4.5.2 Multi-decoder Derives More Useful Information

The private and shared decoders can derive more information from state spaces. Since the target value and the state space is different, the private decoder that dedicates on decoding specific information for each slot is very useful.

4.5.3 Copy Mechanism Generates Unknown Values Effectively

We remove copy mechanism and utterance hidden in . It disables the generation of unknown values and significantly reduces the performance on the 40% dataset. Because we also remove the utterance hidden, this model degrades the performance on WoZ2. This shows that these hidden can promote dialogue understanding.

4.5.4 Self Attention

Self attention in multi-encoder is used to obtain a context hidden. We use the last hidden of the encoder to replace the context. It significantly degrades performance. It shows that self attention can get a context effectively.

4.5.5 Shared LSTM

The shared LSTM is removed in multi-encoder-decoder. It only reduces 0.6% joint goal accuracy on the 40% dataset and 1.0% on WoZ2. It even achieves a little higher on the request accuracy. It proved that, in these datasets, global features are less important than private features.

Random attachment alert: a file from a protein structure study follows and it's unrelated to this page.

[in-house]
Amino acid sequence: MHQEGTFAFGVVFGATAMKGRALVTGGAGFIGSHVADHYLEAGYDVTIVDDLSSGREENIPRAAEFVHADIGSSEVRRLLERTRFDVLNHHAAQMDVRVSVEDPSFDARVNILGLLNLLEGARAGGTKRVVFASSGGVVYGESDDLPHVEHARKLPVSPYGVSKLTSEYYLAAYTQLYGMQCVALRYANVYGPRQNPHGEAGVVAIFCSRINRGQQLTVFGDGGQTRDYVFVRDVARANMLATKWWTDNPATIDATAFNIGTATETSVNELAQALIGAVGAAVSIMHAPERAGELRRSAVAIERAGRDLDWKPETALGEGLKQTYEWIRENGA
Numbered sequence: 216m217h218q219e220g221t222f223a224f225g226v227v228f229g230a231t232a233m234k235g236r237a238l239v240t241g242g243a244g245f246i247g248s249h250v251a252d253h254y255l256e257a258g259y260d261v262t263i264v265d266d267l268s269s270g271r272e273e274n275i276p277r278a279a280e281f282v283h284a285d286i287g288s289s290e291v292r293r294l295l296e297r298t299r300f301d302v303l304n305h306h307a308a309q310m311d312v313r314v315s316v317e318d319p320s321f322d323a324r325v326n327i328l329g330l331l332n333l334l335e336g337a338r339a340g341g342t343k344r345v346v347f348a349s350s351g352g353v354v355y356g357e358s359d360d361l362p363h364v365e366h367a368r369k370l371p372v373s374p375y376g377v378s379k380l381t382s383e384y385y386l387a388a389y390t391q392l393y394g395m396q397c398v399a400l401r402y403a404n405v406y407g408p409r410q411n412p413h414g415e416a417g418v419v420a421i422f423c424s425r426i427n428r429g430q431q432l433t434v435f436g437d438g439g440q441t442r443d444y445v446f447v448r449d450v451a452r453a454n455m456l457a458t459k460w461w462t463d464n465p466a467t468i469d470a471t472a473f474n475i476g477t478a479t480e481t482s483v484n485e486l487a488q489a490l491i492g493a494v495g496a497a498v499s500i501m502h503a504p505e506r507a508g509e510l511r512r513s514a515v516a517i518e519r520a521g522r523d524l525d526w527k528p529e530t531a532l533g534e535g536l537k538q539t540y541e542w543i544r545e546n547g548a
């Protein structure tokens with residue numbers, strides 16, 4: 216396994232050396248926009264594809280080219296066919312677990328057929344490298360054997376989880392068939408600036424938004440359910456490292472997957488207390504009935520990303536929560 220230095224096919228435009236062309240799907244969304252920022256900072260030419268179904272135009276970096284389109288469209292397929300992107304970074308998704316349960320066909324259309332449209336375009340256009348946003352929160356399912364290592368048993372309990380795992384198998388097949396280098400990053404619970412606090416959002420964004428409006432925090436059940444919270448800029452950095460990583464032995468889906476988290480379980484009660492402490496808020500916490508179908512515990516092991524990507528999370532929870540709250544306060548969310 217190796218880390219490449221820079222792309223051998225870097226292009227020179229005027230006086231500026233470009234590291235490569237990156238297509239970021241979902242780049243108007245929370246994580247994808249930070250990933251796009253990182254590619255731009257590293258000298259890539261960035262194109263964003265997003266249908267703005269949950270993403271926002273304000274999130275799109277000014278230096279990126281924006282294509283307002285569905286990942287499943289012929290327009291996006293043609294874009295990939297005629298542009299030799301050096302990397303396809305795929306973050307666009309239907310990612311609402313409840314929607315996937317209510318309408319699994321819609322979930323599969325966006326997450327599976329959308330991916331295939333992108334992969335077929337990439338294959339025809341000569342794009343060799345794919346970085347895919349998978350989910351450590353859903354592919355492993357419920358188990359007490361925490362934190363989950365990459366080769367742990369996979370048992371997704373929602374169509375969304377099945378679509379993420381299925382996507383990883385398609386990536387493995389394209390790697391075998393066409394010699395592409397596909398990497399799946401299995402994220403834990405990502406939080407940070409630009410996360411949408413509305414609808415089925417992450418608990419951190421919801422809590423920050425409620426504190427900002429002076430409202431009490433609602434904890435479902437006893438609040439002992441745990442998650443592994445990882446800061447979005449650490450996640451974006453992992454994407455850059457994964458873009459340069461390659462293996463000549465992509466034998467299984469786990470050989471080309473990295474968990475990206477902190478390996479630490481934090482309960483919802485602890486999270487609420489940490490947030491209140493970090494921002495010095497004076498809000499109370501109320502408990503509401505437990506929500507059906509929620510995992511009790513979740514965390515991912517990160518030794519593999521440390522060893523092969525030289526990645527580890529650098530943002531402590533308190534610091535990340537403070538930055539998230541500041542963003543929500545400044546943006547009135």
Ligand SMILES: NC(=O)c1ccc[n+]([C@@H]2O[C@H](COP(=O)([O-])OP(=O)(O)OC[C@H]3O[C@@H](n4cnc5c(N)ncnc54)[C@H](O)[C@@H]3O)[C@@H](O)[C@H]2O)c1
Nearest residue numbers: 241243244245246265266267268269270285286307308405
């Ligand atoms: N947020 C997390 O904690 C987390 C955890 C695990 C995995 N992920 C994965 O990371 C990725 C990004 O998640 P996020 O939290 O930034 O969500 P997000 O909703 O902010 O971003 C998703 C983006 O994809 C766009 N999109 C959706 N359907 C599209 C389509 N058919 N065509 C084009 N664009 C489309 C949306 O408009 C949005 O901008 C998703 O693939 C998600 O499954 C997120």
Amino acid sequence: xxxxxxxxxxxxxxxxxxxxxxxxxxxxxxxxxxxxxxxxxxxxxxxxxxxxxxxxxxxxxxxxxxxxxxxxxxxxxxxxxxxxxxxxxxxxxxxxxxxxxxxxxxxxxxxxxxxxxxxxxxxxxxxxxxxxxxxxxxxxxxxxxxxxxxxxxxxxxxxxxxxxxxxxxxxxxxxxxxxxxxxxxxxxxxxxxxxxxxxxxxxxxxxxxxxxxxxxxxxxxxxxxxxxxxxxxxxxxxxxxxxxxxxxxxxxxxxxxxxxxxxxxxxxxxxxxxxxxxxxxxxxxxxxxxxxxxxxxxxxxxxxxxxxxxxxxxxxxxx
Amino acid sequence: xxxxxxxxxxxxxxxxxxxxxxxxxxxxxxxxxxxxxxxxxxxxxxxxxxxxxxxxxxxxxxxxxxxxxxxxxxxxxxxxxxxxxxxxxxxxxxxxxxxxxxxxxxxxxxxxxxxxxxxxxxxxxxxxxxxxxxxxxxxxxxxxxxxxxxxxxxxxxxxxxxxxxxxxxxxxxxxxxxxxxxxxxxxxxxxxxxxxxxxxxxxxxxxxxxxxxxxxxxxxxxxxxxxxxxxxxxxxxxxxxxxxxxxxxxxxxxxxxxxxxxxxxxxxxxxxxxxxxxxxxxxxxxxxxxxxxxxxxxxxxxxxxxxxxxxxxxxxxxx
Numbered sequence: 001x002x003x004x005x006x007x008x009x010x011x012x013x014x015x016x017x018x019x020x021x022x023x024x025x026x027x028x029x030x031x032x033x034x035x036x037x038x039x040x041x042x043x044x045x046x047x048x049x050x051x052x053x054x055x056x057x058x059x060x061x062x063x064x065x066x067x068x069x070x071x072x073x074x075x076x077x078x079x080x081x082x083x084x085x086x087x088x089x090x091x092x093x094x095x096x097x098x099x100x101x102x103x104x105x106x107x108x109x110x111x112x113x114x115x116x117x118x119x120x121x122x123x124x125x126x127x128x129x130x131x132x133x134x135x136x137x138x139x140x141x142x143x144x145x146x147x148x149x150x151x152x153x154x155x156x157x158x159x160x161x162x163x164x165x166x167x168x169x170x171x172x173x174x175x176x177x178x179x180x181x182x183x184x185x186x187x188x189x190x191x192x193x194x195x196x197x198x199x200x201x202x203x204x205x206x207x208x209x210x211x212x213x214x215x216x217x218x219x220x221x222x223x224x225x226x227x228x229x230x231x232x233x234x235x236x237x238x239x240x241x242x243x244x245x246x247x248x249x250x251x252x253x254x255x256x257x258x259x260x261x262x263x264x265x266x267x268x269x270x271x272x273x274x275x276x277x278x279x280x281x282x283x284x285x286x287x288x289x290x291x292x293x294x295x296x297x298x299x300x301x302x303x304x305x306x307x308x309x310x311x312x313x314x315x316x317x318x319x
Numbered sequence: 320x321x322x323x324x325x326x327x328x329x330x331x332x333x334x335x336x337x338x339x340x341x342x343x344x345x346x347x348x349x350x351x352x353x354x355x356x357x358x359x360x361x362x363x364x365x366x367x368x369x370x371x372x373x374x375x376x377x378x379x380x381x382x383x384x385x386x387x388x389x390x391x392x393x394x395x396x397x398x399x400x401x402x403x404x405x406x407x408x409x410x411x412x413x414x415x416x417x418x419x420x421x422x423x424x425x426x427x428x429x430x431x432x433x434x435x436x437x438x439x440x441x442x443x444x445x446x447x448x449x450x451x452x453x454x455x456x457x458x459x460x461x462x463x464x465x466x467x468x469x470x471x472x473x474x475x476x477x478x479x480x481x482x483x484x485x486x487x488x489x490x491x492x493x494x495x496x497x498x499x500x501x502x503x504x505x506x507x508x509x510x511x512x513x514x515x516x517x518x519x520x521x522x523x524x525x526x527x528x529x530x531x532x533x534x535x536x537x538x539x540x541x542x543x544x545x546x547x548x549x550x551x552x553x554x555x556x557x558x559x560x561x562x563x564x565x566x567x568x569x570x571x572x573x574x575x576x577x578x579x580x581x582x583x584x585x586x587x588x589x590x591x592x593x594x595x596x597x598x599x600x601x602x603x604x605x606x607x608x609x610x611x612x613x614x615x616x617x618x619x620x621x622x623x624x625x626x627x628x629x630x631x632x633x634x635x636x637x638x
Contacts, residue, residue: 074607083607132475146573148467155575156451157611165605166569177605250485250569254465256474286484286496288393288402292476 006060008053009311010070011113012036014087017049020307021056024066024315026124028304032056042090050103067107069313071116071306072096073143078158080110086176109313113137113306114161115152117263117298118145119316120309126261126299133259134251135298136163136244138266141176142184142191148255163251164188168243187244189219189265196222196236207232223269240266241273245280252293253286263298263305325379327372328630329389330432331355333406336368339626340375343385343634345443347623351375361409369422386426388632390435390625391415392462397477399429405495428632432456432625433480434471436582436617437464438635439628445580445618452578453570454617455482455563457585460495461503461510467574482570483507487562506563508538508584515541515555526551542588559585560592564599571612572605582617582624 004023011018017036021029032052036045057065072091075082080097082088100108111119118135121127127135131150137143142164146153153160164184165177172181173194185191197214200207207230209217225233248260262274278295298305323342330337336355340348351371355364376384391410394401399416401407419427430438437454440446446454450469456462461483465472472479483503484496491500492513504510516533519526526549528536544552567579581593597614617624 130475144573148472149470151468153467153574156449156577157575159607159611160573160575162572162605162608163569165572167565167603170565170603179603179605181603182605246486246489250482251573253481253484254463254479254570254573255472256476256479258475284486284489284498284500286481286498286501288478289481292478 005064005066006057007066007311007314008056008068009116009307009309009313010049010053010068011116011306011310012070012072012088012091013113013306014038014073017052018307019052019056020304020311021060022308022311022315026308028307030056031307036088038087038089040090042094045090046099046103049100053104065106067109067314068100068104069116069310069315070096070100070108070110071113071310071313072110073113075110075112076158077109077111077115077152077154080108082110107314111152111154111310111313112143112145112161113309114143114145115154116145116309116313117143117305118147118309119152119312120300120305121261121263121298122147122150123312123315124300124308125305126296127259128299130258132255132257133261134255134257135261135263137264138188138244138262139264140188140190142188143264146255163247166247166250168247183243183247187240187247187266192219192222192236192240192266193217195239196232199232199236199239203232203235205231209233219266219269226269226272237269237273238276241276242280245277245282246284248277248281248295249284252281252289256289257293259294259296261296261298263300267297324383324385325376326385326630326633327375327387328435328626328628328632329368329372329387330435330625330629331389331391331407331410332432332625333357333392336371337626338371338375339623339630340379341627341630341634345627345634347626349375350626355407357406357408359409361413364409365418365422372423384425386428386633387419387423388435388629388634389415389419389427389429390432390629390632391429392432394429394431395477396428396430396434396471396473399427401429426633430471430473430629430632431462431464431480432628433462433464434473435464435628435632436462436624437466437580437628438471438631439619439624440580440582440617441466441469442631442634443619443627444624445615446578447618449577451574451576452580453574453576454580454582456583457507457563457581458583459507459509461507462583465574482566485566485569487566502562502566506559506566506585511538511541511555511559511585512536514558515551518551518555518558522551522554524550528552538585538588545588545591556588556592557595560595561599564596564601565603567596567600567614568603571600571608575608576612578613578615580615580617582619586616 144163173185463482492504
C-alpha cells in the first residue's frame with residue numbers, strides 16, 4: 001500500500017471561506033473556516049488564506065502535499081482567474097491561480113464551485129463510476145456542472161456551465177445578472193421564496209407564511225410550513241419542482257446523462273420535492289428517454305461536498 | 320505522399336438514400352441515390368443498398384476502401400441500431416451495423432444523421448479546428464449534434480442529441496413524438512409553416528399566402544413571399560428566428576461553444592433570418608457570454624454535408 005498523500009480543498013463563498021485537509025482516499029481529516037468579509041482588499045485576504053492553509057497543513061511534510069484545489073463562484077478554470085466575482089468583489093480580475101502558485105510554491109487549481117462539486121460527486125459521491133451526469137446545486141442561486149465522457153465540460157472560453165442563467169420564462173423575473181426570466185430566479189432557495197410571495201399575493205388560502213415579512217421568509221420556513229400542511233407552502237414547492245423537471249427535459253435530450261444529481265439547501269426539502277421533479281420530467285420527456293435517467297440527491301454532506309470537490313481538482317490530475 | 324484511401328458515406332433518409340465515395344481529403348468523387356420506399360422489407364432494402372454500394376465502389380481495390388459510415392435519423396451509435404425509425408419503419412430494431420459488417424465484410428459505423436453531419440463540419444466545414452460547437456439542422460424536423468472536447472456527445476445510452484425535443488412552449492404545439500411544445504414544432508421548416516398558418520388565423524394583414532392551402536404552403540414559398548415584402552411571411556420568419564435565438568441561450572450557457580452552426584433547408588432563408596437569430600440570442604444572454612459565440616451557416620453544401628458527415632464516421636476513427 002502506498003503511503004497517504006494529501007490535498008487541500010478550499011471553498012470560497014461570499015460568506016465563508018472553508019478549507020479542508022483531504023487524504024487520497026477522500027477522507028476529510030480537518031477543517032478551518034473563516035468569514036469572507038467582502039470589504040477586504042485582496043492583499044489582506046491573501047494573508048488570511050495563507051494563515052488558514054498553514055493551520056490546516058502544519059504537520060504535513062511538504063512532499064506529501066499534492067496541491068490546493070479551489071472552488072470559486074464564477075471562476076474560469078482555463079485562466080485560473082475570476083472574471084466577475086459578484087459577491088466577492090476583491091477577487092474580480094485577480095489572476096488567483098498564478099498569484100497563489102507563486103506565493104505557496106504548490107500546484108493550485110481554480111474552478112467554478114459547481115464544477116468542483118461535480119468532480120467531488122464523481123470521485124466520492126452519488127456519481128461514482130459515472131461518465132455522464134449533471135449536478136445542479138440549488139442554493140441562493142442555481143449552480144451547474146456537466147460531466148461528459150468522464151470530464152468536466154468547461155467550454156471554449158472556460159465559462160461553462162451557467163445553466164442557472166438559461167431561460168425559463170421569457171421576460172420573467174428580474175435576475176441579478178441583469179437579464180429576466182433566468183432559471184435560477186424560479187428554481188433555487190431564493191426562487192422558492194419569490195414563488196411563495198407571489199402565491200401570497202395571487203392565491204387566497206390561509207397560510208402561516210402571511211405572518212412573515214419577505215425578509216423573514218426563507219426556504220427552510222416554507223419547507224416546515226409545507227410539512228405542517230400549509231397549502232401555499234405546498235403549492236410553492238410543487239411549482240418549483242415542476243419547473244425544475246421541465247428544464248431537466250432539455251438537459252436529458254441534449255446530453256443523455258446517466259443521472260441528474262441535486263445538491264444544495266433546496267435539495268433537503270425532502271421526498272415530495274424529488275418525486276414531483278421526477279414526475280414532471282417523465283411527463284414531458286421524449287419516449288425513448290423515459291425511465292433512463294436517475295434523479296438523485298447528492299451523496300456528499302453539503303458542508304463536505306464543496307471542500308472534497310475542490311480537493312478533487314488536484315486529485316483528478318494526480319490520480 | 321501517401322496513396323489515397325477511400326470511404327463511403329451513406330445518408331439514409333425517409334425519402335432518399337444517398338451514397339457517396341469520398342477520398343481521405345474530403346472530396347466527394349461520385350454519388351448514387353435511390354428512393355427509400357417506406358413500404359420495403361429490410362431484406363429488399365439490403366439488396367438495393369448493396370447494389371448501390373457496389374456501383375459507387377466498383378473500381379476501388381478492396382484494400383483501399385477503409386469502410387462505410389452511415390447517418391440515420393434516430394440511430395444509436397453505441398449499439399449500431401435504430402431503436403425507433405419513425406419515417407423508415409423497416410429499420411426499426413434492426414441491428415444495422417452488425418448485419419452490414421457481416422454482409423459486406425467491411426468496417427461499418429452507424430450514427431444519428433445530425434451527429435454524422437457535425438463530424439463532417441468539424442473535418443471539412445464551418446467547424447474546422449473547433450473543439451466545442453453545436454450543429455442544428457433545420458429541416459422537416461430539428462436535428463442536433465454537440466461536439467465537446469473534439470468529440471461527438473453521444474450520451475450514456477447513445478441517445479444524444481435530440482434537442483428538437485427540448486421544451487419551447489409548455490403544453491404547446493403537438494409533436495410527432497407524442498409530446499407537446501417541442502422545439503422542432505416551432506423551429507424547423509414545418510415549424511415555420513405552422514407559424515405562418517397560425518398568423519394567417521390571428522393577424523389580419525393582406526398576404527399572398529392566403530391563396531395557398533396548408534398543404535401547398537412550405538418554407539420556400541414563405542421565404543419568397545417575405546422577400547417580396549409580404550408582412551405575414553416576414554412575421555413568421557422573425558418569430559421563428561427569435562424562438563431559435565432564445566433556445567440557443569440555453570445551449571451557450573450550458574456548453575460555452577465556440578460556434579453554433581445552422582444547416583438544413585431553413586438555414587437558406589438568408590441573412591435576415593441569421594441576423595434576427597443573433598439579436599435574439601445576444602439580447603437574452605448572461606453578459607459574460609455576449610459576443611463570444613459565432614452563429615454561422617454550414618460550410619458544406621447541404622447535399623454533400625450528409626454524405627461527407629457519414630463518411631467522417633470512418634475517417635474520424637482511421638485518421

5 Conclusions

We propose the copy-augmented heterogeneous information learning model for dealing with unknown values in DST. The copy mechanism in CEDST can copy words in the dialogue context as unknown values. Meanwhile, the multi-encoder-decoder in CEDST can effectively decompose heterogeneous texts into multiple small spaces corresponding to the slots. CEDST can effectively generate values from reduced spaces. CEDST achieves state-of-the-art performance both on WoZ2, bAbI, and our constructed datasets.

Acknowledge

This work is supported by the National Natural Science Foundation of China (No.61533018), the Natural Key R&D Program of China (No.2018YFC0830101), the National Natural Science Foundation of China (No.61702512, No.61806201) and the independent research project of National Laboratory of Pattern Recognition. This work was also supported by Alibaba Group through Alibaba Innovative Research (AIR) Program, CCF-DiDi BigData Joint Lab and CCF-Tencent Open Research Fund.

References